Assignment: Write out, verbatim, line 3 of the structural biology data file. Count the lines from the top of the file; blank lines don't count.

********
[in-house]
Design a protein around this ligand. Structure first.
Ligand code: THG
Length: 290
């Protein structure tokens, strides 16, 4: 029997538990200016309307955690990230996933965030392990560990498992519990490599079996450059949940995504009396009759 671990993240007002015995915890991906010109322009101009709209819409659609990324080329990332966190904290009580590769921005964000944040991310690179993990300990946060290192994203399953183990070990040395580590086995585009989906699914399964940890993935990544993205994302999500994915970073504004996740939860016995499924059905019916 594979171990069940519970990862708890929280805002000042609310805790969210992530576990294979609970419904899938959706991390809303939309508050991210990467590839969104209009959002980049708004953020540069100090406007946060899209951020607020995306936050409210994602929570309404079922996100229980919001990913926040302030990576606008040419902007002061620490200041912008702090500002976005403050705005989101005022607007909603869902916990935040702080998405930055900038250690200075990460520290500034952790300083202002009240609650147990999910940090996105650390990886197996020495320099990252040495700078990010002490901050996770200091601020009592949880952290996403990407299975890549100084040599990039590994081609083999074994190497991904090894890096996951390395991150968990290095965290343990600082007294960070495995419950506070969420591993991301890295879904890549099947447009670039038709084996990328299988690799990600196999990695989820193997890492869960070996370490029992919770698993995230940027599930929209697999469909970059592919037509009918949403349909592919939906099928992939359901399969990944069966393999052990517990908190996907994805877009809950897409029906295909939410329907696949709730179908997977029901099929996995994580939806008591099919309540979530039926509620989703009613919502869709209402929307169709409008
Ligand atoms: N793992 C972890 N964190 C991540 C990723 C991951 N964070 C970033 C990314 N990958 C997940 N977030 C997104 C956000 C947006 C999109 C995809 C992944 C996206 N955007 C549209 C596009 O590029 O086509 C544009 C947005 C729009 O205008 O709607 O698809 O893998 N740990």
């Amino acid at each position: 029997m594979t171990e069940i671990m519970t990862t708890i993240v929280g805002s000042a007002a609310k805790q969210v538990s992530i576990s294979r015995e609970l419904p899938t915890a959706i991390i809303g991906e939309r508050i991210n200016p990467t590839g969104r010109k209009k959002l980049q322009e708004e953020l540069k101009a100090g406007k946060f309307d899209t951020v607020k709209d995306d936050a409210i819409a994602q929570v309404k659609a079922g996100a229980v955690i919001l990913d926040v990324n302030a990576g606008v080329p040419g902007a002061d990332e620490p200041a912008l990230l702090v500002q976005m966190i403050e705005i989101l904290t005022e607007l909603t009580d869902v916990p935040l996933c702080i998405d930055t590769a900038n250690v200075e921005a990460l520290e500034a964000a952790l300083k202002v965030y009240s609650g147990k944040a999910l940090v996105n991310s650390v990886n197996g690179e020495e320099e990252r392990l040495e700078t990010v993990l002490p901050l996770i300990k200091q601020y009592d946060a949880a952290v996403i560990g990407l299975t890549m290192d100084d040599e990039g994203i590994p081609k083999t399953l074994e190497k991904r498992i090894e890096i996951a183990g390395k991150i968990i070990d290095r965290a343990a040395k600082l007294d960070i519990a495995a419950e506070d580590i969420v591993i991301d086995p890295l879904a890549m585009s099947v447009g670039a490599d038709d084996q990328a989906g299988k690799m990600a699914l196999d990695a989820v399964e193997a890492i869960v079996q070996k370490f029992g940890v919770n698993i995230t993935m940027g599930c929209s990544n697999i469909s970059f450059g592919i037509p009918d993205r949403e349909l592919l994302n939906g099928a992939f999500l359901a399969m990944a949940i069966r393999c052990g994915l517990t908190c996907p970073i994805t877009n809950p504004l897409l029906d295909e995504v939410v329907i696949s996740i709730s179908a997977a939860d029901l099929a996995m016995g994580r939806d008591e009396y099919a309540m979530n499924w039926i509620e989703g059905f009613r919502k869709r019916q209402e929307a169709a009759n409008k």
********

Ligand code: THG